Smelly Trademarks: Requirements for Registering Nontraditional Marks

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April 20, 2017
Eric Lamb
SmithAmundsen Intellectual Property Alert

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On February 14, 2017, Hasbro filed a U.S. trademark application for its “non-visual Play-Doh scent” trademark for use with toy modeling compounds (U.S. Application Serial Number 87/335,817).  Hasbro describes its signature scent as “a unique scent formed through the combination of a sweet, slightly musky, vanilla-like fragrance, with slight overtones of cherry, and the natural smell of a salted, wheat-based dough.” This serves as a fun reminder that trademark rights can attach to identifiers of source that fall outside of the more pedestrian for words and logos. 
 
Non-conventional or nontraditional trademarks can include the visible, such as colors, shapes (including 3-D shapes), moving images, and holograms, or the invisible, such as sounds and scents. Critically, for one of these items to constitute a trademark, it must serve as a source identifier that distinguishes the goods or services of one provider from those of others. Further requirements apply based on the type of nontraditional mark.
 
Scent marks can be especially difficult to register. As with most nontraditional marks, the scent must have acquired distinctiveness. This generally means that, through widespread use, the scent has become distinctive of the source of the goods in the eyes (or nose) of consumers. Additionally, the scent cannot serve a functional or utilitarian purpose, such as perfumes, and the scent cannot simply arise as a result of the manufacturing process, since granting the exclusive use of such scents to a single party would unfairly limit others in the marketplace from competing.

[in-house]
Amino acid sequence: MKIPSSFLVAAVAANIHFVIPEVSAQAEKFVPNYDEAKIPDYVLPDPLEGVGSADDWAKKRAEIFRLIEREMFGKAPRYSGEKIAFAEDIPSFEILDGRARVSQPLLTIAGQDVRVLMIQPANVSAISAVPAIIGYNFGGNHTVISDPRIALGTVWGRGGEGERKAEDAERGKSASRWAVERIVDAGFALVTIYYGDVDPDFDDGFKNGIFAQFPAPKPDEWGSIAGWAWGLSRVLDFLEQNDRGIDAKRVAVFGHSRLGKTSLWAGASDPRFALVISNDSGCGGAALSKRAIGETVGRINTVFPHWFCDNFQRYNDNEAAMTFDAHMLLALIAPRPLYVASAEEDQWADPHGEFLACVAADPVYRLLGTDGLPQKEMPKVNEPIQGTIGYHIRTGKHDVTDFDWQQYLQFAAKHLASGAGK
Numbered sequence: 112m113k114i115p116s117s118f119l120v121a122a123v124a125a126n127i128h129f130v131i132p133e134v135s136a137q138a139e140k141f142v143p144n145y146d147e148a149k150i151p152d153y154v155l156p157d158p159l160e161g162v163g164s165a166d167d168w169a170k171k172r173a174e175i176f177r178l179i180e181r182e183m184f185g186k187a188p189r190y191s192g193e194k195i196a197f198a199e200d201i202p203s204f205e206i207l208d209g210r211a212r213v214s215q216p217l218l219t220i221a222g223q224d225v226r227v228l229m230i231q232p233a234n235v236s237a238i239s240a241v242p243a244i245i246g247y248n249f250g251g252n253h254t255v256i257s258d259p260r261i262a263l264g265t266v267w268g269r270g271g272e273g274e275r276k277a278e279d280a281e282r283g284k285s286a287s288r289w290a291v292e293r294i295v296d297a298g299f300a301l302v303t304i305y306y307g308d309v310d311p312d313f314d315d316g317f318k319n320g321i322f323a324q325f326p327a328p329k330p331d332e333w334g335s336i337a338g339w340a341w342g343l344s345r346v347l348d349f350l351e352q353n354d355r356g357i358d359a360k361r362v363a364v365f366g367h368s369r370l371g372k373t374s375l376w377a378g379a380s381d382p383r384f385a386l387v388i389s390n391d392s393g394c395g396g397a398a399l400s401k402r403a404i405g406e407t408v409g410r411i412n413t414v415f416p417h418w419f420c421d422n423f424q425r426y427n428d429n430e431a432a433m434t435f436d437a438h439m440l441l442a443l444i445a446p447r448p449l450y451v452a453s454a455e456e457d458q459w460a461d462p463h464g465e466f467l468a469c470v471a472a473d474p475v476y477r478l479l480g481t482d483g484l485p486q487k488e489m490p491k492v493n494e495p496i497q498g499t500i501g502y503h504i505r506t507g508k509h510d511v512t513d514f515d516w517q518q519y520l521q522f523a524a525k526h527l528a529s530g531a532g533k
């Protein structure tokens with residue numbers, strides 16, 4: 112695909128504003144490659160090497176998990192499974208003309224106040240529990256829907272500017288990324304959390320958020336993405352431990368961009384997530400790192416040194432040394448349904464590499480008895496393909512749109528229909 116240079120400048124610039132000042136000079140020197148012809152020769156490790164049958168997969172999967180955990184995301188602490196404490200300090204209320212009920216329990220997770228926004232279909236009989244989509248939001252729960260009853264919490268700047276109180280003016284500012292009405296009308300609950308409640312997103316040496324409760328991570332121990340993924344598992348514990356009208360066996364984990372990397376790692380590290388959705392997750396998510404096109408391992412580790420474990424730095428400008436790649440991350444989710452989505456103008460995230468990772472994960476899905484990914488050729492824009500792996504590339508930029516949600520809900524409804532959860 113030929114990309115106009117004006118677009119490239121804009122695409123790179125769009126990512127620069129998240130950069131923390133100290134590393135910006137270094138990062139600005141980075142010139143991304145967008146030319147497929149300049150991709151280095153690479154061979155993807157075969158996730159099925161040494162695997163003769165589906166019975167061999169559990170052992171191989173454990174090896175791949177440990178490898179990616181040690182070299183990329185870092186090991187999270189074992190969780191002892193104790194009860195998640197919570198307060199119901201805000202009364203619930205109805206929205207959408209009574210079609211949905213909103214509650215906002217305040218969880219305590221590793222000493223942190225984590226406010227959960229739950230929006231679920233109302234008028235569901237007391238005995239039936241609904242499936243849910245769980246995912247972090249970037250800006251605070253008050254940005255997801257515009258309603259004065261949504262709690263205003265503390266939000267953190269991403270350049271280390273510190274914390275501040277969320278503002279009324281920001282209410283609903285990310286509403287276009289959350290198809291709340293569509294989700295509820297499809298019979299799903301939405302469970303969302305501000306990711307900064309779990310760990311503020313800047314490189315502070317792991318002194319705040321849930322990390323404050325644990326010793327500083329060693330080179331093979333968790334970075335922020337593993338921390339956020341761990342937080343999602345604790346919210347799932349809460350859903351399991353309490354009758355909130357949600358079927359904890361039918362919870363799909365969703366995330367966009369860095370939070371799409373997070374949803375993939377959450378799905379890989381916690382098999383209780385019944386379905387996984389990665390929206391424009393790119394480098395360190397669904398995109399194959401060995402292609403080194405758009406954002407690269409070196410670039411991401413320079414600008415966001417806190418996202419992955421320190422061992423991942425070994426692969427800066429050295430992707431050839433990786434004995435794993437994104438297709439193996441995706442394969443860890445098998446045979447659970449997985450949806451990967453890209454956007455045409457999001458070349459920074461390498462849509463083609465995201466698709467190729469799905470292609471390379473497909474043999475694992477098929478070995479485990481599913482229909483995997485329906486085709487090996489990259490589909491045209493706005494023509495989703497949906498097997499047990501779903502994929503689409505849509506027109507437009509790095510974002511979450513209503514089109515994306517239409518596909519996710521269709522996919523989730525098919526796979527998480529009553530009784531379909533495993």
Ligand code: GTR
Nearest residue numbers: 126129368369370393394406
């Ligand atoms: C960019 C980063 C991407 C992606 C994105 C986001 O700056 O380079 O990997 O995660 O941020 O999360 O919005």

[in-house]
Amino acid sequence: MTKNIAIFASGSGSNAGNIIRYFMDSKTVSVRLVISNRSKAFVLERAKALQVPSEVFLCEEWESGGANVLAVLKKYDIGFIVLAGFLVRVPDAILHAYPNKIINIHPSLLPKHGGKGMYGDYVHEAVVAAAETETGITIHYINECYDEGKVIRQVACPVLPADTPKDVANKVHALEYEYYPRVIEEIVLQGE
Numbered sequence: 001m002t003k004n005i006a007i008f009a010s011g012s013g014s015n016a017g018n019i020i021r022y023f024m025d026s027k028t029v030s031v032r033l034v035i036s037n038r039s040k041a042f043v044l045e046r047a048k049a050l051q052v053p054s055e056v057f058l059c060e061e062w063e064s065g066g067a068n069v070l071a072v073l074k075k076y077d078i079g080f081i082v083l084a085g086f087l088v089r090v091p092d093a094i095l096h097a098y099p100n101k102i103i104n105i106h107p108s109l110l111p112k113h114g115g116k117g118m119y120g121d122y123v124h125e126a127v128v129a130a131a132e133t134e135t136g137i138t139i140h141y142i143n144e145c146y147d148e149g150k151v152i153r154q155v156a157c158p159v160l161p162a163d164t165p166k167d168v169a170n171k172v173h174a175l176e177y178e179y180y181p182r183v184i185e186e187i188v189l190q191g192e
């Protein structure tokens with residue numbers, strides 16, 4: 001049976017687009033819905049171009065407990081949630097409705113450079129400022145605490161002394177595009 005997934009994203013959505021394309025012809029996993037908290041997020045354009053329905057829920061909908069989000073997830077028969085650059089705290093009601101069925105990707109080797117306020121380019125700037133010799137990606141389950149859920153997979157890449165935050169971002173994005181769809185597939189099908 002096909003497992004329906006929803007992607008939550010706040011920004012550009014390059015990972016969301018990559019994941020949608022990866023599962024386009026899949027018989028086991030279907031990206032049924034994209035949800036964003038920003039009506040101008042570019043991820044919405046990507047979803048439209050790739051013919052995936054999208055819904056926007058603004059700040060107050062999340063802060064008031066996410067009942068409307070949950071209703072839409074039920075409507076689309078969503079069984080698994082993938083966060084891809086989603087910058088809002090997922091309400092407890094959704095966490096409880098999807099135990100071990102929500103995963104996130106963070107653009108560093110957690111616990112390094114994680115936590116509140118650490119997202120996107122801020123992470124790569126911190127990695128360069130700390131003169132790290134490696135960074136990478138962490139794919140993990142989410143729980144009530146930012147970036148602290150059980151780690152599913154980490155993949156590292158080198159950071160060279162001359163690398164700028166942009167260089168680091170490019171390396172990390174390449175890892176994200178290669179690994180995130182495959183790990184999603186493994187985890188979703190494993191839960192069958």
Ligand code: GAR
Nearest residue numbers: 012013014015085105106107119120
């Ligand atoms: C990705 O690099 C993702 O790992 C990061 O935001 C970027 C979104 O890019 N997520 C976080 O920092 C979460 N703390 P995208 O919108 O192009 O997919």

In support of the Play-Doh scent, Hasbro claims the scent has been applied to its toy putty since 1955 and is one of the most recognizable scent marks in the world. Unsurprisingly, Hasbro submitted a container of its Play-Doh putty to the U.S. Patent and Trademark Office to serve as the requisite specimen of the scent mark as it is used.
 
By one count, there are only around a dozen active U.S. registrations for scent trademarks. So Hasbro would join an exclusive club if it succeeds in registering the mark. Examples of other registered scent trademarks include the “minty scent” of pain-relief patches; cherry/grape/strawberry scented lubricants for vehicles; and toothbrushes infused with the scent of strawberries.
 
If you are a frequent reader of our alerts you will know that we encourage clients to consider protecting their trademark rights outside of the United States in those jurisdictions where they are currently doing business or have business development plans. The same holds true for nontraditional marks. However, the requirements for registering such marks vary widely from country to country.  In the case of scent marks, they may not be allowed in some jurisdictions but have been registered, for example, in Argentina, Australia and the United Kingdom in addition to the United States. We hope this provides you with some in-scent-ive to consider registering your nontraditional marks!